Throughout Dr. Henry Heimlich’s seventy-year career, he was dedicated to finding simple solutions to complex problems affecting human health. History will remember him as the most impactful medical pioneer of the 20th century. He passed away this month, December 17, 2016, at age 96. Norman Vincent Peale, famed proponent of The Power of Positive Thinking, recognized that Dr. Heimlich “saved the lives of more human beings than any other person living today.” Credit for his humanitarian work is largely due to his invention of the Heimlich Maneuver for choking and near drowning victims, and the Heimlich Chest Valve for treating open chest wounds, most frequently occurring on war-torn battlefields.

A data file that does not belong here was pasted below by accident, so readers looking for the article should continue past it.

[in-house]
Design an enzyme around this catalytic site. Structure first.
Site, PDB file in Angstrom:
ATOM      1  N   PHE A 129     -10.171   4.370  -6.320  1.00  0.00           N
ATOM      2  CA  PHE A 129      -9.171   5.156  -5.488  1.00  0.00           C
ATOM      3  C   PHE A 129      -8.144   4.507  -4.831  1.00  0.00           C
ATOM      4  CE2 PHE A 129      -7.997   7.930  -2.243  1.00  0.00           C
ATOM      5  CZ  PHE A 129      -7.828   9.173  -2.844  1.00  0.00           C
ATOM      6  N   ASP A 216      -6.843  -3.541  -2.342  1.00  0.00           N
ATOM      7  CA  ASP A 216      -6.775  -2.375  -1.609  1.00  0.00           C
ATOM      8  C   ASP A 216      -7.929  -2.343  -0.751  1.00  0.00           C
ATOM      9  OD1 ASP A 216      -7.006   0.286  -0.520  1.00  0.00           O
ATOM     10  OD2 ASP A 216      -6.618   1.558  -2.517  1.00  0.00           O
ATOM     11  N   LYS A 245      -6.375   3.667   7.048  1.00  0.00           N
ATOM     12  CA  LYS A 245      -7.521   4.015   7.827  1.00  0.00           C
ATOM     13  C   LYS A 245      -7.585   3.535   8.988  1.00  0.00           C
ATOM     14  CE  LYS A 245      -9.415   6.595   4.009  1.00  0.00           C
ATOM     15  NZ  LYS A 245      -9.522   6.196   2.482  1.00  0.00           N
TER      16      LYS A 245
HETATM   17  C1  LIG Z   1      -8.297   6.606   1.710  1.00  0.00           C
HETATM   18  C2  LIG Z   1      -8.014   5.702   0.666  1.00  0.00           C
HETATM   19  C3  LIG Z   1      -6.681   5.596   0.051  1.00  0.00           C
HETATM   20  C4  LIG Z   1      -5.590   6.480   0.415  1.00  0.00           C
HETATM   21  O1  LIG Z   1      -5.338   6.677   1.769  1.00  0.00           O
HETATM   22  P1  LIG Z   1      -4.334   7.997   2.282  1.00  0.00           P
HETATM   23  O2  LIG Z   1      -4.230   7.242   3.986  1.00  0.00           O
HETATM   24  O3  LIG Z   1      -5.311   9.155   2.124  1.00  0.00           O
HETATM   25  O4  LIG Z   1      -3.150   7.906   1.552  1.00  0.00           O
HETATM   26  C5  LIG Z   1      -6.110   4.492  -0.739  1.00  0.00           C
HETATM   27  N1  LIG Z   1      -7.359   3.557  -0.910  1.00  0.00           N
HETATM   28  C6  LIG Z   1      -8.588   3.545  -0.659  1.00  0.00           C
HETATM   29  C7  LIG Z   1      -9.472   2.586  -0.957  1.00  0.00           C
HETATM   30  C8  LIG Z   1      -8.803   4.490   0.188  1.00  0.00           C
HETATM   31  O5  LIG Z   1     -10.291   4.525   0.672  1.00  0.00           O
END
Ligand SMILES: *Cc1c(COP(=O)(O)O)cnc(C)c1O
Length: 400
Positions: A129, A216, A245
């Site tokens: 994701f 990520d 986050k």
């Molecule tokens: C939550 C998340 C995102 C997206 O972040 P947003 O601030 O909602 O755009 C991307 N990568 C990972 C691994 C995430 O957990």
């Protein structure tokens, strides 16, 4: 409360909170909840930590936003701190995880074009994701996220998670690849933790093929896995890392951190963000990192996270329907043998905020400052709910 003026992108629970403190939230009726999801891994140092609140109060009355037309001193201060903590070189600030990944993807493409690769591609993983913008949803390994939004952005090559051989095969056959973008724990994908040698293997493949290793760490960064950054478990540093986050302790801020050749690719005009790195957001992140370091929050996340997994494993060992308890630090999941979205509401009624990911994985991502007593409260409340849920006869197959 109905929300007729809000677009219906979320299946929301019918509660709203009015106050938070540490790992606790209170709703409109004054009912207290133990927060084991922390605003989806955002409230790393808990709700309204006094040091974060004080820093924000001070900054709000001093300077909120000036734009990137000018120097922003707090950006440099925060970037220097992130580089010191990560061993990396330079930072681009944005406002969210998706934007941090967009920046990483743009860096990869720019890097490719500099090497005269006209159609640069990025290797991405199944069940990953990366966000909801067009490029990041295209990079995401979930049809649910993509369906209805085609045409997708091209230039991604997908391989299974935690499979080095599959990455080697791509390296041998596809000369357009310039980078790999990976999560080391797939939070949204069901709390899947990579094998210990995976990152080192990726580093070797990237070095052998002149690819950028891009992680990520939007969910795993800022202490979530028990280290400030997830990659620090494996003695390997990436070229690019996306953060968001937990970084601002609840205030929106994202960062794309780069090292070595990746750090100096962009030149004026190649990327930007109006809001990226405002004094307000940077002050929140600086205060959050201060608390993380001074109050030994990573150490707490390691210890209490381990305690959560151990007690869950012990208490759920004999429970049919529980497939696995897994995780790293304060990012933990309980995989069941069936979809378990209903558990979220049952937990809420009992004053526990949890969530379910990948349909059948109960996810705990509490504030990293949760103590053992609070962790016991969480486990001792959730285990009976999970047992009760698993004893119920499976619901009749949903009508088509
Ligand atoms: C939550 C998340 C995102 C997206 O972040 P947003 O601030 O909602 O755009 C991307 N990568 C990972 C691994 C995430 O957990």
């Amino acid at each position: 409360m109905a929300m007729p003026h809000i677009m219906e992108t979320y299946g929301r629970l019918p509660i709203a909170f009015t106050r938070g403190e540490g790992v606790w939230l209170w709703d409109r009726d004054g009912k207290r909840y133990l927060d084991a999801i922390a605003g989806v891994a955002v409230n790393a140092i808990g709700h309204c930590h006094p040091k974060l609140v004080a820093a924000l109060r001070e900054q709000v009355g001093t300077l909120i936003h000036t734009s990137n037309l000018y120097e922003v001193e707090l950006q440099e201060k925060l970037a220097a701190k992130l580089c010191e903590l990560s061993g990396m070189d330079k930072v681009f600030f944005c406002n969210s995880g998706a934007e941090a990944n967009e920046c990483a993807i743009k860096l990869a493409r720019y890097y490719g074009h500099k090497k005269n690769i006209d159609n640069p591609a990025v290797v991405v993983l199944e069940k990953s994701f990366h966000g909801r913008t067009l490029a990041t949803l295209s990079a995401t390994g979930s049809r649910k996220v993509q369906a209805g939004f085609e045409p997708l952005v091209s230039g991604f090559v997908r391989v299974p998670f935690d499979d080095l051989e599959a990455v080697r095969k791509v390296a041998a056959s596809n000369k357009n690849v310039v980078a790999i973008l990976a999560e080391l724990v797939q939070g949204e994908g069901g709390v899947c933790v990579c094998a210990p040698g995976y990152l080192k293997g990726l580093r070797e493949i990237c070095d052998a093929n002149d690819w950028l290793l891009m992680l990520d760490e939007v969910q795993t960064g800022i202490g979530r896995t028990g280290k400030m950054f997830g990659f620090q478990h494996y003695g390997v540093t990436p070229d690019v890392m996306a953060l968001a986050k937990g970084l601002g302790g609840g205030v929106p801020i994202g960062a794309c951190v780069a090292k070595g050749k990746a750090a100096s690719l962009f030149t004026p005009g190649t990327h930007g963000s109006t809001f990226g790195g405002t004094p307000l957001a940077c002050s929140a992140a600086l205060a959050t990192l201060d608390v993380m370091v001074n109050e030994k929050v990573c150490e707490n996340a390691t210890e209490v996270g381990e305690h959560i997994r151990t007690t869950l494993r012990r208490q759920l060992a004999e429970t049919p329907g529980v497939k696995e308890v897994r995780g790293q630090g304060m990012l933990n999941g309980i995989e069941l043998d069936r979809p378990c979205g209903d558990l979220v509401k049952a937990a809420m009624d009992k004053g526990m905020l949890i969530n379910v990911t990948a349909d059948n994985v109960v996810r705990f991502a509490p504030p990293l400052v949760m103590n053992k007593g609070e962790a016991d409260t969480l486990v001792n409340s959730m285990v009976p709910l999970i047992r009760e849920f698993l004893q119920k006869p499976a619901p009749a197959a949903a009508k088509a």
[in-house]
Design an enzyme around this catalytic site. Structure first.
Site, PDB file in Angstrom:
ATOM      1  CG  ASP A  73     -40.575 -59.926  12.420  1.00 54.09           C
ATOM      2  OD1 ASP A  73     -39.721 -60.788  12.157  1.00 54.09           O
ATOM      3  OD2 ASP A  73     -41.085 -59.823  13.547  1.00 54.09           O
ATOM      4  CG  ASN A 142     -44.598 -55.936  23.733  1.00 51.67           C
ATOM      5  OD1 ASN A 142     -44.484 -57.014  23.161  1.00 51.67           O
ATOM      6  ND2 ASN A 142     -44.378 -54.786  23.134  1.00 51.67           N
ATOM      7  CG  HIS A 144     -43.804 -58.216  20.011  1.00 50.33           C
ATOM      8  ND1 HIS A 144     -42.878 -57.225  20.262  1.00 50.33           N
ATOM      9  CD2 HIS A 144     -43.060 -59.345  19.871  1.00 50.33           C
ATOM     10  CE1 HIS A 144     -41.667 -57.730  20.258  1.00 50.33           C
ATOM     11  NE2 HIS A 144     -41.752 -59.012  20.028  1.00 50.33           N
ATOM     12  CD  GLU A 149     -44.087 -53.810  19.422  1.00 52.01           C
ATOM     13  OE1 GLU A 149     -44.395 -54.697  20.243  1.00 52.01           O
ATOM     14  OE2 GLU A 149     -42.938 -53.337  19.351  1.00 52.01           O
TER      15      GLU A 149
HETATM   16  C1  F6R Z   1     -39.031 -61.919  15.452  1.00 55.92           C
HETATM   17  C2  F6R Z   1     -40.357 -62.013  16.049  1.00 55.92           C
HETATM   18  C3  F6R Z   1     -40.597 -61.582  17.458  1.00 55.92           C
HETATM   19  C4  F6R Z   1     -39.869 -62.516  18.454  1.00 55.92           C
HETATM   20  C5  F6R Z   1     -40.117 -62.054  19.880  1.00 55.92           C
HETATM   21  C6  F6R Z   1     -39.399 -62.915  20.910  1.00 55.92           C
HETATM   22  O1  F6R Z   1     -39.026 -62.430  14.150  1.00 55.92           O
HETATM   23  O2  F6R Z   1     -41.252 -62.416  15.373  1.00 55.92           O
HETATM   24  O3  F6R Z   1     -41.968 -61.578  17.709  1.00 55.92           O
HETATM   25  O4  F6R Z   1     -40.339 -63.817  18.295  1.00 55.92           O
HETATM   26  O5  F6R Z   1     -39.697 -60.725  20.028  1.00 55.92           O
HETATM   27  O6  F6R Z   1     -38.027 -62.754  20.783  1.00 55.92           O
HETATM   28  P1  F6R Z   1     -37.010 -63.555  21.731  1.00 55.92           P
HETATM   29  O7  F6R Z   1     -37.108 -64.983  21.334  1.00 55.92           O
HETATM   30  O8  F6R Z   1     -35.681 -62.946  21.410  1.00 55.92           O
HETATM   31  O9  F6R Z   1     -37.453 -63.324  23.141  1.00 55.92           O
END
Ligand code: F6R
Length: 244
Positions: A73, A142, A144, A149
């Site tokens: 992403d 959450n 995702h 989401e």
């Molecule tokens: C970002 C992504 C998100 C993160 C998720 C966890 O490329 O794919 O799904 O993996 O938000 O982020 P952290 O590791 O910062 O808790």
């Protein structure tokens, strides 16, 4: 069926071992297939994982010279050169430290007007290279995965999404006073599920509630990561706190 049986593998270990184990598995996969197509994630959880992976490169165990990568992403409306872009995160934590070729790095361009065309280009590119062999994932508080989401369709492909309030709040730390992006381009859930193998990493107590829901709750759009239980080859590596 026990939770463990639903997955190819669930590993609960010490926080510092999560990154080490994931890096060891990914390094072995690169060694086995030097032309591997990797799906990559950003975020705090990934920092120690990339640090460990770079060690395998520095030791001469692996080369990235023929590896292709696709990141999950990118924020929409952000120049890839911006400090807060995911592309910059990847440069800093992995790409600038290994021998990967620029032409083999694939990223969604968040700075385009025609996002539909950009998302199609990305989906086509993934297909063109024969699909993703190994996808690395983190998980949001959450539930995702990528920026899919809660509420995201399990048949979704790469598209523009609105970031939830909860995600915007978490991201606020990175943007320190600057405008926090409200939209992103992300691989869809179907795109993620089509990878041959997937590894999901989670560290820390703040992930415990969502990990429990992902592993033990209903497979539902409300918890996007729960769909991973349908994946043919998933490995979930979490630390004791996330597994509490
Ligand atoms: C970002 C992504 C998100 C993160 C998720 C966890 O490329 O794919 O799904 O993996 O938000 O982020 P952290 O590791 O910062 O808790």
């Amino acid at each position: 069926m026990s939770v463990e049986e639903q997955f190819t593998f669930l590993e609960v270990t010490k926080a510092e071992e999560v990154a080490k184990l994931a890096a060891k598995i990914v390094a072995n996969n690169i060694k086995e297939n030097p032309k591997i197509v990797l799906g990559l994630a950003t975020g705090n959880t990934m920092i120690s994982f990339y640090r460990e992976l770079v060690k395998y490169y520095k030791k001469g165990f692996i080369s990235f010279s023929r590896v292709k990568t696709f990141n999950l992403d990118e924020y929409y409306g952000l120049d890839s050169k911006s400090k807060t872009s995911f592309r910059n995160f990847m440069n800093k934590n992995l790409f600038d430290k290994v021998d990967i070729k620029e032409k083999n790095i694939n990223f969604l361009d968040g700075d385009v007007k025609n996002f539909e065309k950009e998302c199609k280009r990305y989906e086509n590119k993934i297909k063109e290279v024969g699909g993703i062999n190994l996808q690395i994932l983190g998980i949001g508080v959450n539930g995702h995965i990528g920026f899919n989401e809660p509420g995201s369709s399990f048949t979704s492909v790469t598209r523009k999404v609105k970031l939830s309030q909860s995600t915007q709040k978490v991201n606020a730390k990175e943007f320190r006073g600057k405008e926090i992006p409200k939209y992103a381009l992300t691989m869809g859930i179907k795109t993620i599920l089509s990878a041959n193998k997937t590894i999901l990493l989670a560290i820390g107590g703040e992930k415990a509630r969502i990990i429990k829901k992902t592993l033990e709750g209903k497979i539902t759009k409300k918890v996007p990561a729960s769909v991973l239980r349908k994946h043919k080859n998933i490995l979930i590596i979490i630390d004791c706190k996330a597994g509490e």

A Life of Dispute for Providing Correct Information
Heimlich’s life was surrounded by controversy, especially from 1976 to 1985 when his staunch disagreements with the American Heart Association and the American Red Cross were well publicized. Both of these organizations taught rescuers to first perform a series of “back blows” to remove a “foreign body airway obstruction.” Unfortunately, back blows, which are still being recommended by these organizations, cause the breath-stopping materials to become more deeply lodged in the throat and forced further down into the windpipe (trachea).